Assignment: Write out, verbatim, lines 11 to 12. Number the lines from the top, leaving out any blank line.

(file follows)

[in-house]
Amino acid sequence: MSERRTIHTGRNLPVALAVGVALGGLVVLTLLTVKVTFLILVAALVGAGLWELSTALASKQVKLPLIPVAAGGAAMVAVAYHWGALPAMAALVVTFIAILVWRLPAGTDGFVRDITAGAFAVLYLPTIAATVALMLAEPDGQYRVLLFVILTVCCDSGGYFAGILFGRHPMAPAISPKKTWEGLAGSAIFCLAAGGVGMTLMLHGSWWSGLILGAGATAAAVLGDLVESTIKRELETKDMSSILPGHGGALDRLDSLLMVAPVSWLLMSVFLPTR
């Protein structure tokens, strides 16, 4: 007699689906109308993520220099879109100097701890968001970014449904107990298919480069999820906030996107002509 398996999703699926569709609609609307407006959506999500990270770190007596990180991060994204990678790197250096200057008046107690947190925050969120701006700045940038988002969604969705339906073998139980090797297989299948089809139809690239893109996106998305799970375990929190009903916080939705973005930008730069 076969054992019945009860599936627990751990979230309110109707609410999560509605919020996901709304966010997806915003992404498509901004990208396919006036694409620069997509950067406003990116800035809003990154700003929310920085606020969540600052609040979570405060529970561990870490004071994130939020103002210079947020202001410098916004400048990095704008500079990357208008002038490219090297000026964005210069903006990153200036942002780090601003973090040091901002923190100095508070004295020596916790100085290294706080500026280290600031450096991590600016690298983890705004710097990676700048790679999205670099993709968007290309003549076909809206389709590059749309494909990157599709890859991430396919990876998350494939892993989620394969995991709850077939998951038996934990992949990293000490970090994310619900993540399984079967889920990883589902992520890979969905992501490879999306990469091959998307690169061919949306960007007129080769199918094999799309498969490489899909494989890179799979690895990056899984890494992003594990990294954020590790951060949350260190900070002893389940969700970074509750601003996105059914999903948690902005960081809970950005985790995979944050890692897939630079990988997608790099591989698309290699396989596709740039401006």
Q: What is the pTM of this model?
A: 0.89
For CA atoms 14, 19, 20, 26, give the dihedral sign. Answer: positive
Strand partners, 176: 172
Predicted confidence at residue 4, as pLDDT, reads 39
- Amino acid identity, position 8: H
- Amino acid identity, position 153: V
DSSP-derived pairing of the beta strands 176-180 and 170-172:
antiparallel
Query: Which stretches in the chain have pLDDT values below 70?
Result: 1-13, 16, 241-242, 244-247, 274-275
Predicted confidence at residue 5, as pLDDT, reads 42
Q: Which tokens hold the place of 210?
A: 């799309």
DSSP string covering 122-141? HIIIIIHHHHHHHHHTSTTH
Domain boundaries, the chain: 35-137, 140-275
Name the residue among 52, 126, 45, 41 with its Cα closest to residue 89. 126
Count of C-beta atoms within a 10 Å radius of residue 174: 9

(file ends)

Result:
DSSP-derived pairing of the beta strands 176-180 and 170-172:
antiparallel